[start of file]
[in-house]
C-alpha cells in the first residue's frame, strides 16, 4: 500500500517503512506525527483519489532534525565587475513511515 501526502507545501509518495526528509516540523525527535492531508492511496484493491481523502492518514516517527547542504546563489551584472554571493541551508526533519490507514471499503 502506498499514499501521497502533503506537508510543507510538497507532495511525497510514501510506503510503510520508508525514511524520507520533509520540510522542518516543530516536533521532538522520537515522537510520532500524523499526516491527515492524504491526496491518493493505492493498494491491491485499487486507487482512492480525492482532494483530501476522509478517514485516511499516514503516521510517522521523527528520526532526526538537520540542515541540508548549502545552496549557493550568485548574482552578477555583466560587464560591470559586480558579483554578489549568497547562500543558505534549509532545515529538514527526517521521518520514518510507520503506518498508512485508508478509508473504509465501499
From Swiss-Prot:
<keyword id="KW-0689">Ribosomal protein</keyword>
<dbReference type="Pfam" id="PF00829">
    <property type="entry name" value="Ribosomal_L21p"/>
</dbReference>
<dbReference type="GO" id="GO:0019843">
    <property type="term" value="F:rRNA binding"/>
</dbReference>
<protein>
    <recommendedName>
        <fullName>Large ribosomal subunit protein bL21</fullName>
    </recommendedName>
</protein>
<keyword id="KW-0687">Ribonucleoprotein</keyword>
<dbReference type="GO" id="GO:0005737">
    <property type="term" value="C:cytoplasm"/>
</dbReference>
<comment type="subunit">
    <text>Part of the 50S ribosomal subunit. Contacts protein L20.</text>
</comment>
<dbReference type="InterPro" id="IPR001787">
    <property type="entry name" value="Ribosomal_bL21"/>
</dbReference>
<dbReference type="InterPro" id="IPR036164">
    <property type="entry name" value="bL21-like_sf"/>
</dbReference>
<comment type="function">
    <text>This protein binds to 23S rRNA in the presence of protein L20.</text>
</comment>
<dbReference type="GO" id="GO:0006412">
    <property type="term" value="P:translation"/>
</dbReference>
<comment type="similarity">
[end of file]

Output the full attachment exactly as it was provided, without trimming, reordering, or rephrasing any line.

[in-house]
C-alpha cells in the first residue's frame, strides 16, 4: 500500500517503512506525527483519489532534525565587475513511515 501526502507545501509518495526528509516540523525527535492531508492511496484493491481523502492518514516517527547542504546563489551584472554571493541551508526533519490507514471499503 502506498499514499501521497502533503506537508510543507510538497507532495511525497510514501510506503510503510520508508525514511524520507520533509520540510522542518516543530516536533521532538522520537515522537510520532500524523499526516491527515492524504491526496491518493493505492493498494491491491485499487486507487482512492480525492482532494483530501476522509478517514485516511499516514503516521510517522521523527528520526532526526538537520540542515541540508548549502545552496549557493550568485548574482552578477555583466560587464560591470559586480558579483554578489549568497547562500543558505534549509532545515529538514527526517521521518520514518510507520503506518498508512485508508478509508473504509465501499
From Swiss-Prot:
<keyword id="KW-0689">Ribosomal protein</keyword>
<dbReference type="Pfam" id="PF00829">
    <property type="entry name" value="Ribosomal_L21p"/>
</dbReference>
<dbReference type="GO" id="GO:0019843">
    <property type="term" value="F:rRNA binding"/>
</dbReference>
<protein>
    <recommendedName>
        <fullName>Large ribosomal subunit protein bL21</fullName>
    </recommendedName>
</protein>
<keyword id="KW-0687">Ribonucleoprotein</keyword>
<dbReference type="GO" id="GO:0005737">
    <property type="term" value="C:cytoplasm"/>
</dbReference>
<comment type="subunit">
    <text>Part of the 50S ribosomal subunit. Contacts protein L20.</text>
</comment>
<dbReference type="InterPro" id="IPR001787">
    <property type="entry name" value="Ribosomal_bL21"/>
</dbReference>
<dbReference type="InterPro" id="IPR036164">
    <property type="entry name" value="bL21-like_sf"/>
</dbReference>
<comment type="function">
    <text>This protein binds to 23S rRNA in the presence of protein L20.</text>
</comment>
<dbReference type="GO" id="GO:0006412">
    <property type="term" value="P:translation"/>
</dbReference>
<comment type="similarity">